Mild Intraoperative Hypothermia Reduces Free Tissue Transfer Thrombosis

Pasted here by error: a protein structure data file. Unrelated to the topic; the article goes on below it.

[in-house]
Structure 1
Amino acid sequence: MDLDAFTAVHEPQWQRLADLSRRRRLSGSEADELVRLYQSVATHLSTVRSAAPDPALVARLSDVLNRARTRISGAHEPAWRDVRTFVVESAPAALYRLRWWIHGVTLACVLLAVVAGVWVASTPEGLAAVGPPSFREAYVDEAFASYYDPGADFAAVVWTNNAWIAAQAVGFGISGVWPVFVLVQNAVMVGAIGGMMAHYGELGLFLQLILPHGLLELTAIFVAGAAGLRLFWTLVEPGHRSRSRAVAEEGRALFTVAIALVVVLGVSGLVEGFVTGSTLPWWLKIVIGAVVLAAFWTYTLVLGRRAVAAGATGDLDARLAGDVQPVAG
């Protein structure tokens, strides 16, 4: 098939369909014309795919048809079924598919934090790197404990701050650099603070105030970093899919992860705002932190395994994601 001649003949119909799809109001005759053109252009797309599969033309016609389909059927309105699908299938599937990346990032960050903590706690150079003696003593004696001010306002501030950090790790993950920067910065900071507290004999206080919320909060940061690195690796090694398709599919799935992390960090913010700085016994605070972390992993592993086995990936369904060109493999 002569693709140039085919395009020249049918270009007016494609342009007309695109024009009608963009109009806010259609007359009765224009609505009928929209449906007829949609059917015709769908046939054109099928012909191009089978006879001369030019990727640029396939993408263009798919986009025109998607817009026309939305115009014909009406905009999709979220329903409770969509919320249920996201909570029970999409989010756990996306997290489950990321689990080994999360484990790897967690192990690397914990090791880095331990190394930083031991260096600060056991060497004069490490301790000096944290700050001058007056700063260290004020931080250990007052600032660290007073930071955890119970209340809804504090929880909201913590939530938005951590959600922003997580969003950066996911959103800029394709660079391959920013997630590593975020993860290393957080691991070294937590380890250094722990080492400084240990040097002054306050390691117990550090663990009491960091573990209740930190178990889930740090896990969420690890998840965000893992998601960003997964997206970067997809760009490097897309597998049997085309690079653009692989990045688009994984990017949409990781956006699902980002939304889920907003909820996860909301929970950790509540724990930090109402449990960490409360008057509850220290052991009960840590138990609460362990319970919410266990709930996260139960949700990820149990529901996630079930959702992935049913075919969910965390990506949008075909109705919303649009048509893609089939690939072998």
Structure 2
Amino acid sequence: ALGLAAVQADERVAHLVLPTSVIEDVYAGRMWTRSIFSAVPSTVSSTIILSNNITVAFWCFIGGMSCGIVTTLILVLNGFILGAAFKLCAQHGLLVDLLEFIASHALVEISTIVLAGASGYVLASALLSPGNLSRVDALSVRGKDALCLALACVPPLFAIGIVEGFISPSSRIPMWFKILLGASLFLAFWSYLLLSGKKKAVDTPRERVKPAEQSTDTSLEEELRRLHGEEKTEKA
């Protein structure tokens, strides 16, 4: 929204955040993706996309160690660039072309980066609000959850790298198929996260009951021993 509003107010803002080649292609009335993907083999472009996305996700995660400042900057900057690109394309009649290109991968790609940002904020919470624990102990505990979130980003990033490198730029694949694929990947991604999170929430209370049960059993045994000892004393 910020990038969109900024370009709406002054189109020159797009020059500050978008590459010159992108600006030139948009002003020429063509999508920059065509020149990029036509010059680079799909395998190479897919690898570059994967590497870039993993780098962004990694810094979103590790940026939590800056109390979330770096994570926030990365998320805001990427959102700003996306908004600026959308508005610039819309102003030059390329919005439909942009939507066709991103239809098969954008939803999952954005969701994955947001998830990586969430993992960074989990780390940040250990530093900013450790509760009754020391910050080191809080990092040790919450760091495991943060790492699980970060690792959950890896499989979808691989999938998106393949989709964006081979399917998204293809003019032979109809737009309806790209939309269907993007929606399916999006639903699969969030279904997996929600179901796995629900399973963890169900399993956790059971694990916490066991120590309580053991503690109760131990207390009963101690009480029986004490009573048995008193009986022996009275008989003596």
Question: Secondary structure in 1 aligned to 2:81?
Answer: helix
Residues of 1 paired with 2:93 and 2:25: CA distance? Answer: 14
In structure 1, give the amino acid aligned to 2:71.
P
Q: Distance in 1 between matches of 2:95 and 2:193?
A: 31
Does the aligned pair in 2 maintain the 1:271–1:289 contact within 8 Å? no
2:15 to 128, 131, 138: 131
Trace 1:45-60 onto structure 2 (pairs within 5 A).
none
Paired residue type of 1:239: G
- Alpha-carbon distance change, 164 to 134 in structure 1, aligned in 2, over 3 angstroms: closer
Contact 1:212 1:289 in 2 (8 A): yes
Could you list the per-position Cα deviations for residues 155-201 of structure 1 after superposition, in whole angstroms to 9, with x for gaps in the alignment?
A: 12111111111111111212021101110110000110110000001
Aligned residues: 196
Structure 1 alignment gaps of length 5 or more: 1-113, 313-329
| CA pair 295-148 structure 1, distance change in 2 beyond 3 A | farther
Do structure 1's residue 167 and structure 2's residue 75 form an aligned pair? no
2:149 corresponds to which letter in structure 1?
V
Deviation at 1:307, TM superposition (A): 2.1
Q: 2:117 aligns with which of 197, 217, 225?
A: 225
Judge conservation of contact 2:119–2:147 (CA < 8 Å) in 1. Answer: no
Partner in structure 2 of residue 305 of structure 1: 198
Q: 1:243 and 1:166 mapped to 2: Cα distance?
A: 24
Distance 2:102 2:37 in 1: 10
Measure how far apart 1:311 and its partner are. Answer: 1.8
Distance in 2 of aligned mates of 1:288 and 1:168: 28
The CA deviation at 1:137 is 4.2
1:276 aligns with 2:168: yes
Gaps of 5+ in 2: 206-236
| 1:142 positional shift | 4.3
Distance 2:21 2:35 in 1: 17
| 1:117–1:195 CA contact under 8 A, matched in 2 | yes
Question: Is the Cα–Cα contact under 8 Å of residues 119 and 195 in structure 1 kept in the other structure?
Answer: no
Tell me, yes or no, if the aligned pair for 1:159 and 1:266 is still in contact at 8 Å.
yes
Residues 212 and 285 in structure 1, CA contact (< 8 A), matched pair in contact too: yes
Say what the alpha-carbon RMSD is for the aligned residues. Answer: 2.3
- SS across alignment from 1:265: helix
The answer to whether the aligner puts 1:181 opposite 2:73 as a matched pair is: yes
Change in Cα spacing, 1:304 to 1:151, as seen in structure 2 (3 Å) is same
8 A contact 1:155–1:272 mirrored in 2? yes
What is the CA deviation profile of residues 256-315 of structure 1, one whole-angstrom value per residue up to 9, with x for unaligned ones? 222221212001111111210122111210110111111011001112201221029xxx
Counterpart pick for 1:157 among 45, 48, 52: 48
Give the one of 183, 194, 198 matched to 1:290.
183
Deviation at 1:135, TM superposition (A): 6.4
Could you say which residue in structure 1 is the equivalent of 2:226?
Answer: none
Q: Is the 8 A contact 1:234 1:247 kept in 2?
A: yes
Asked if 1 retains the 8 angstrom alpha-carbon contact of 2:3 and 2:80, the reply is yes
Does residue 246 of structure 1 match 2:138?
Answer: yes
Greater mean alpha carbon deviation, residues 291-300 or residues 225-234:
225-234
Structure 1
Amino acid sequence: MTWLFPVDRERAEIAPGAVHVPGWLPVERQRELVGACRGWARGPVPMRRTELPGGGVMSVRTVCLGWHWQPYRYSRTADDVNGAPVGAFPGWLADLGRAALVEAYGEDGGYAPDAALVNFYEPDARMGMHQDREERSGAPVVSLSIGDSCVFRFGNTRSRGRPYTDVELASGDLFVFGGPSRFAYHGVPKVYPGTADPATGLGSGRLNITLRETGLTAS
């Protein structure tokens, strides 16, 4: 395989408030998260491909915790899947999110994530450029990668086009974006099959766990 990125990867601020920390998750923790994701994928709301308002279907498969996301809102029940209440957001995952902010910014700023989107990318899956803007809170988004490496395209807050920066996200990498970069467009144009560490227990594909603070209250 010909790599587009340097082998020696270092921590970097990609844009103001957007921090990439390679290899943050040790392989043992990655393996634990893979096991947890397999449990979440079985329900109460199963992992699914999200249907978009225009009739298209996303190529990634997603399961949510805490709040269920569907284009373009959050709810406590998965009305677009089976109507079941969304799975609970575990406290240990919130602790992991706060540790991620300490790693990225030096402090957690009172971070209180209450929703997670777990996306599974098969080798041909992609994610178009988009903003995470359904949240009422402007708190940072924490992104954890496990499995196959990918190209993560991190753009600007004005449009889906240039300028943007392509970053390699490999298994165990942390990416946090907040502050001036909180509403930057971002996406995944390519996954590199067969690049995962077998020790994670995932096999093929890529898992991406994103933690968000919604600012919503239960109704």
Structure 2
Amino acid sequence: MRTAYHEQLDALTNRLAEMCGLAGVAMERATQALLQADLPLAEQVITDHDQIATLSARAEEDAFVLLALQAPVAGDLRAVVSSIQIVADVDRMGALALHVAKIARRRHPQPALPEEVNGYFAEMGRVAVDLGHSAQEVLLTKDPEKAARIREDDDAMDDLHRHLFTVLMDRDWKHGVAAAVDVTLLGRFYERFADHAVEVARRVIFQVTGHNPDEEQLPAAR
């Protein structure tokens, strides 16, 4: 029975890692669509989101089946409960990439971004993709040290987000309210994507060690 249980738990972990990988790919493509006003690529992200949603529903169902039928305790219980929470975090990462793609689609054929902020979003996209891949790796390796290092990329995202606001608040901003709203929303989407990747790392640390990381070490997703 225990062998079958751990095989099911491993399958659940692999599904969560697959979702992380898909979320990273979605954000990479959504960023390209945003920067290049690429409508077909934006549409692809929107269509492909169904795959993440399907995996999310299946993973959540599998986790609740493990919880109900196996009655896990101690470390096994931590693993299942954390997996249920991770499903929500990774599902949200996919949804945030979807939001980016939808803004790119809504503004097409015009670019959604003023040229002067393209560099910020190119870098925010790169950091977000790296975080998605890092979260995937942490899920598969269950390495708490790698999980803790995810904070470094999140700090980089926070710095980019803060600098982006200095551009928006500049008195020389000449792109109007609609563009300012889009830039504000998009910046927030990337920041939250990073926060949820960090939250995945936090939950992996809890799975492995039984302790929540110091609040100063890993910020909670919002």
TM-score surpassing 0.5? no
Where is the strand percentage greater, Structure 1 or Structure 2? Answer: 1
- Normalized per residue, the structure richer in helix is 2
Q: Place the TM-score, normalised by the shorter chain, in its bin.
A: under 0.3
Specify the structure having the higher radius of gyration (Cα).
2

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Patients undergoing free tissue transfer are particularly susceptible to hypothermia. The goal was to investigate the impact of intraoperative core body temperature on free flap thrombosis. Two hundred twelve cases of free flap reconstruction at Yale-New Haven Hospital between 1992 and 2008 were reviewed. Free flap thrombosis was defined by complete flap necrosis or direct visualization of arterial or venous thrombosis. Temperature measurements were calibrated to bladder temperatures as measured by Foley catheter sensor. Through logistic regression analysis, maximum and minimum intraoperative temperatures were determined to be statistically significant predictors of free flap thrombosis. The optimal temperature was calculated to be 36.2°C, and maximum intraoperative temperatures between 36.0°C and 36.4°C showed lower thrombosis rates than superwarmed patients (p < 0.03). Therefore, free flap patients should be mildly hypothermic at 36.0°C to 36.4°C, compared with normothermia at 37.5°C, as measured in the bladder. A prospective randomized trial investigating thrombosis rates and intraoperative temperature should be undertaken.

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